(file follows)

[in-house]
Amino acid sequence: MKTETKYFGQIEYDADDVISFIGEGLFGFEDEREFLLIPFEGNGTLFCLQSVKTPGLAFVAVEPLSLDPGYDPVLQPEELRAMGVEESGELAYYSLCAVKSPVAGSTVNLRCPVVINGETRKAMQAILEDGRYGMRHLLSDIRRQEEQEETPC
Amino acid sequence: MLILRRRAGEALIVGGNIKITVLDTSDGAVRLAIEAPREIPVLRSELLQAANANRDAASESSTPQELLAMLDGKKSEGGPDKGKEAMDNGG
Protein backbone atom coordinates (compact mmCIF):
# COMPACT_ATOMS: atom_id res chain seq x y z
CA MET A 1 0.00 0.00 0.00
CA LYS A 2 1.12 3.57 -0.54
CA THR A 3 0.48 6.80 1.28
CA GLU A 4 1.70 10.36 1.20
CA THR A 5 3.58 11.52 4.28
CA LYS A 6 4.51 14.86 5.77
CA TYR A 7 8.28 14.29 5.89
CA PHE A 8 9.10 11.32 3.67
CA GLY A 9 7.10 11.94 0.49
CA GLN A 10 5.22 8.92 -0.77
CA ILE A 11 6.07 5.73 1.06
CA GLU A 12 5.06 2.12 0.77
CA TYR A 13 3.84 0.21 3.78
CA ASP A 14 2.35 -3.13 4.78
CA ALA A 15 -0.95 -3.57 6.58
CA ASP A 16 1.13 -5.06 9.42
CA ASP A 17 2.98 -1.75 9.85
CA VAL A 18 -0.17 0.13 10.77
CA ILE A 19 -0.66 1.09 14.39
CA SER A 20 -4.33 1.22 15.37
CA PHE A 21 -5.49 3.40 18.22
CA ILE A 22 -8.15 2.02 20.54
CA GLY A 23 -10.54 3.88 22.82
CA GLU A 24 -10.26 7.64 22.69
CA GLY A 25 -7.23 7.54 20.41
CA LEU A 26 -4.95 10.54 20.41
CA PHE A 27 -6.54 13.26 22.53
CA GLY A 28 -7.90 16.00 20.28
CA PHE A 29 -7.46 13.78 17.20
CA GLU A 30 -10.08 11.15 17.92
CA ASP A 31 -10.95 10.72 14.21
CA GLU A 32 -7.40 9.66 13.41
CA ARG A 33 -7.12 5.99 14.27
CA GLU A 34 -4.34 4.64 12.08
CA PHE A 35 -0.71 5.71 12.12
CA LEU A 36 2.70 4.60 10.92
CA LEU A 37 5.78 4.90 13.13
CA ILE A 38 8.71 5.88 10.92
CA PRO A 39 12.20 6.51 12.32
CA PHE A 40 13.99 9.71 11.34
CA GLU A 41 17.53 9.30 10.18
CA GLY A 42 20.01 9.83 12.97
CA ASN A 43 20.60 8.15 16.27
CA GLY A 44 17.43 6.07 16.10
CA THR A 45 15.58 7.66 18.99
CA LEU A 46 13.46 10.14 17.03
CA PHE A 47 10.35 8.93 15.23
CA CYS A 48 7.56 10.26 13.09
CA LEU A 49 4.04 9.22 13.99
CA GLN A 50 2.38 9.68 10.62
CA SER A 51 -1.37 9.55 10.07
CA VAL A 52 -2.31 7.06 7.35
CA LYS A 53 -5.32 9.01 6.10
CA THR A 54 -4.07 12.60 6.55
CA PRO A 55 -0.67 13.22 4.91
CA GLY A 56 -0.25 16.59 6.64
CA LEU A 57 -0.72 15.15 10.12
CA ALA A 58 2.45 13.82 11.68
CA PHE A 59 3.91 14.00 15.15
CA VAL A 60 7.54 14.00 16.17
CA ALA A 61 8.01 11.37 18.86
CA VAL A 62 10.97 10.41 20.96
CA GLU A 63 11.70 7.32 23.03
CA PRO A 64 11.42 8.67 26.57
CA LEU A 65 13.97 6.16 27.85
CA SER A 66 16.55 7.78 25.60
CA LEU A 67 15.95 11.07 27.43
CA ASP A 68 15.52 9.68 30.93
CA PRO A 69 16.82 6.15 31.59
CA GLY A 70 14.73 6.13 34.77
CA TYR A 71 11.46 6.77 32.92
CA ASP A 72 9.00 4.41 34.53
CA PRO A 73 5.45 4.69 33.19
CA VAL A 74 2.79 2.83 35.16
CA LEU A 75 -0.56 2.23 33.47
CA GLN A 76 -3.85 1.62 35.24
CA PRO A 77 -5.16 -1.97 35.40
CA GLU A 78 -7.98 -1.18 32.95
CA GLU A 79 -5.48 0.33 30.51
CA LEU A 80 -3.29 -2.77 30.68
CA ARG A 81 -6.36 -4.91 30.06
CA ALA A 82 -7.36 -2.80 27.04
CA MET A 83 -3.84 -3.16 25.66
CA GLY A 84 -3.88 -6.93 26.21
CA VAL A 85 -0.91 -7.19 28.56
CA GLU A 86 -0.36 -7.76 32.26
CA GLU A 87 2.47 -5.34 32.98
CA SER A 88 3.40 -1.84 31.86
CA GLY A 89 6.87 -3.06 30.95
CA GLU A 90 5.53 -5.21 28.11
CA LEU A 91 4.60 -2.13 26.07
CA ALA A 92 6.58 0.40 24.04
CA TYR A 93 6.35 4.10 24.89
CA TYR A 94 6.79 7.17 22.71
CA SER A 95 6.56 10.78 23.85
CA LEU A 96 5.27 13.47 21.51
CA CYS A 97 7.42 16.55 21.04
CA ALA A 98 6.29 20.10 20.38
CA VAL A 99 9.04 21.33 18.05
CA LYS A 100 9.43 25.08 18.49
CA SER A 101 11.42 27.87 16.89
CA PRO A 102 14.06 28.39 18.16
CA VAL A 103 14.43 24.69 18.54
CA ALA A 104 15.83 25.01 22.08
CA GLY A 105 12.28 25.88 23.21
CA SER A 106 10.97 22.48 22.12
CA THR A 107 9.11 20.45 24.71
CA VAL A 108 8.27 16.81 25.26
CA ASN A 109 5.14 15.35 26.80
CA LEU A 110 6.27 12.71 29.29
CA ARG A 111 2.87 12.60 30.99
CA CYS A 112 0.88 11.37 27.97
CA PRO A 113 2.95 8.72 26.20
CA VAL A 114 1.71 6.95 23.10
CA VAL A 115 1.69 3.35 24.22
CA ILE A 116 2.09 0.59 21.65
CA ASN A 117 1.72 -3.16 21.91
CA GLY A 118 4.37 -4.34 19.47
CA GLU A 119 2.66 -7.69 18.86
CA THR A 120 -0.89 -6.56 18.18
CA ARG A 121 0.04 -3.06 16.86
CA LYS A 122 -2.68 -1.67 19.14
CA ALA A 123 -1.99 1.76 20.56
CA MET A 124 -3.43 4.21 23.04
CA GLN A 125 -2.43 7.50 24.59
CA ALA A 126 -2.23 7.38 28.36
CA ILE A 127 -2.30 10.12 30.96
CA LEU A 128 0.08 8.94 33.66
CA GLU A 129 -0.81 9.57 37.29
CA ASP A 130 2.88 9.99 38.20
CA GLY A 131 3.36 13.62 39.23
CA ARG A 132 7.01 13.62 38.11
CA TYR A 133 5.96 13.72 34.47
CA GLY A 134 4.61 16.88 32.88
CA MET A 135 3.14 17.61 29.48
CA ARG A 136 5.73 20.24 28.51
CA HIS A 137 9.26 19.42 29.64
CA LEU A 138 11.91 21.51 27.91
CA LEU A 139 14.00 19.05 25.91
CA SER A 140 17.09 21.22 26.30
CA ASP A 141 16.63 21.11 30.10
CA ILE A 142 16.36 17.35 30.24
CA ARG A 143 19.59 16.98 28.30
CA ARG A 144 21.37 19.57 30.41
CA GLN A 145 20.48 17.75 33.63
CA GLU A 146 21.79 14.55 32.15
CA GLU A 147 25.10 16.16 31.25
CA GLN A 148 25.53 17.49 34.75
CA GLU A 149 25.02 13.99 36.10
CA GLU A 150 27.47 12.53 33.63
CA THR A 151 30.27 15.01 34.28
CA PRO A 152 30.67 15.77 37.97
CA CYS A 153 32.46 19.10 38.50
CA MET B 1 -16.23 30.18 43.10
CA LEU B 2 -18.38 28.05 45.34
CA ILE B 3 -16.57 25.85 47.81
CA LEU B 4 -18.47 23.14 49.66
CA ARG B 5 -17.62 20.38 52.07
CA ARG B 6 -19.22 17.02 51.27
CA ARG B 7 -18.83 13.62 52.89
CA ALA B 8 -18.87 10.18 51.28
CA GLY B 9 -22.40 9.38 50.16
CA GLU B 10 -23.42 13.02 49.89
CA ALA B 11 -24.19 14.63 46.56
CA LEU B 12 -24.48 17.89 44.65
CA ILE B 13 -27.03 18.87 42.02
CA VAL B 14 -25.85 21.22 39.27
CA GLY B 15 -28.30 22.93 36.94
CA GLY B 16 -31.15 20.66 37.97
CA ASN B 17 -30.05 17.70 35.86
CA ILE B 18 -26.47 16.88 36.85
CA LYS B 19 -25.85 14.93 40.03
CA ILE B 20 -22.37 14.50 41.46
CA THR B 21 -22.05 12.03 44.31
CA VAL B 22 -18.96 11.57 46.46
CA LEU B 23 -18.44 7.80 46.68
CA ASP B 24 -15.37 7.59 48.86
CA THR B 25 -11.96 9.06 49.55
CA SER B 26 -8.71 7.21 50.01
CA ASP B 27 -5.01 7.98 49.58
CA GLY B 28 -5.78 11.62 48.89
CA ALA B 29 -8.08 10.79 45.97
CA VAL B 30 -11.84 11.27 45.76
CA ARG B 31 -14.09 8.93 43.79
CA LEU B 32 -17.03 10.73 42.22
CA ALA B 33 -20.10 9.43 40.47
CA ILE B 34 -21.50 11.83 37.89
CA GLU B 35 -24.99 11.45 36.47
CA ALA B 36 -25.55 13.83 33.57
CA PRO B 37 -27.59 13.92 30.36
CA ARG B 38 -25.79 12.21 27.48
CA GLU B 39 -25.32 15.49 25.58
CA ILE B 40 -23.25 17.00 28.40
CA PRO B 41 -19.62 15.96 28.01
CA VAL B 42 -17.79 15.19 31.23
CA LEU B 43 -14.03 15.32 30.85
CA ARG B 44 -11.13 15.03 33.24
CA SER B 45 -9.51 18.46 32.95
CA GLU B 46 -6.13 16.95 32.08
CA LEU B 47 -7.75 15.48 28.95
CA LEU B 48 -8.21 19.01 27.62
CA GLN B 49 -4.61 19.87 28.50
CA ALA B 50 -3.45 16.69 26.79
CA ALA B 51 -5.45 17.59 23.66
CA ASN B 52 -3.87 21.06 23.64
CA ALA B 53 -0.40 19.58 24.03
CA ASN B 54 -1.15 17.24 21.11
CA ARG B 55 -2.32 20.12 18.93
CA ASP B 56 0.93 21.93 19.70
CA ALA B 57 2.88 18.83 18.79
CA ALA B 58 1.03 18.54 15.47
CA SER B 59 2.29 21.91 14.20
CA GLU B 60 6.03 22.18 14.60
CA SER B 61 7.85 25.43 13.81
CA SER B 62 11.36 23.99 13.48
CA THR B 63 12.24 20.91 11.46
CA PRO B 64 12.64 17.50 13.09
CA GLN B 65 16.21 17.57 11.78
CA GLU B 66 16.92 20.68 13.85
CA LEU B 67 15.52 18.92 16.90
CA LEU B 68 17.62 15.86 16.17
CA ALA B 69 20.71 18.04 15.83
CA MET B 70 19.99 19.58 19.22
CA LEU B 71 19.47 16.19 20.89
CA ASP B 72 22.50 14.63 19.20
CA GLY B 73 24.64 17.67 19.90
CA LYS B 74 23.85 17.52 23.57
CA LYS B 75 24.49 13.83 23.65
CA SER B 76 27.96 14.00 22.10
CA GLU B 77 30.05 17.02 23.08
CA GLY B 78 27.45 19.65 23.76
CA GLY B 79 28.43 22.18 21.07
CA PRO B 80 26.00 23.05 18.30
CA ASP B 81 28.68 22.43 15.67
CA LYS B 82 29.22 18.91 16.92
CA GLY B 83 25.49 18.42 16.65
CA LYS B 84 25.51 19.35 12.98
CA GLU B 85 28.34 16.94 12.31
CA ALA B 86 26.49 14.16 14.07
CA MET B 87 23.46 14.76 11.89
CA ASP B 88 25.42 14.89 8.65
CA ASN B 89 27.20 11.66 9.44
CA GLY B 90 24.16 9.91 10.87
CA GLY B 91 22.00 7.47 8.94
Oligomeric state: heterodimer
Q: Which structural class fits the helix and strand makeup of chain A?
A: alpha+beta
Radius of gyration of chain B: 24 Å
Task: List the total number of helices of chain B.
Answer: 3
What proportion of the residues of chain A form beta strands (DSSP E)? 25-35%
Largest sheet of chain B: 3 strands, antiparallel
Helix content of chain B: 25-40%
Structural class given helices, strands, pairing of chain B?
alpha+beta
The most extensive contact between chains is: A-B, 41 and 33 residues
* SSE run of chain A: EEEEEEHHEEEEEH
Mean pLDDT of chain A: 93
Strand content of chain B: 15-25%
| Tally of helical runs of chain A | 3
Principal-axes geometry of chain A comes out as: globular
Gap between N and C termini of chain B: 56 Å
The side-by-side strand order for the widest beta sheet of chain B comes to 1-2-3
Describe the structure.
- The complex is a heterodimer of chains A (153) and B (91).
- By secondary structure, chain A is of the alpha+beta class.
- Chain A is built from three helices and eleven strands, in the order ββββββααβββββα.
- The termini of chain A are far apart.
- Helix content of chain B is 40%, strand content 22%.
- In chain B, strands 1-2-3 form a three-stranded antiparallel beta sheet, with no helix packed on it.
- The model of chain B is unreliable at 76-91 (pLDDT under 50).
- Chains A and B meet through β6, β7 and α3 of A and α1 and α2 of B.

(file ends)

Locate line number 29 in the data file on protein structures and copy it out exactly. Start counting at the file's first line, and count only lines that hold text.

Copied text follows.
CA GLU A 24 -10.26 7.64 22.69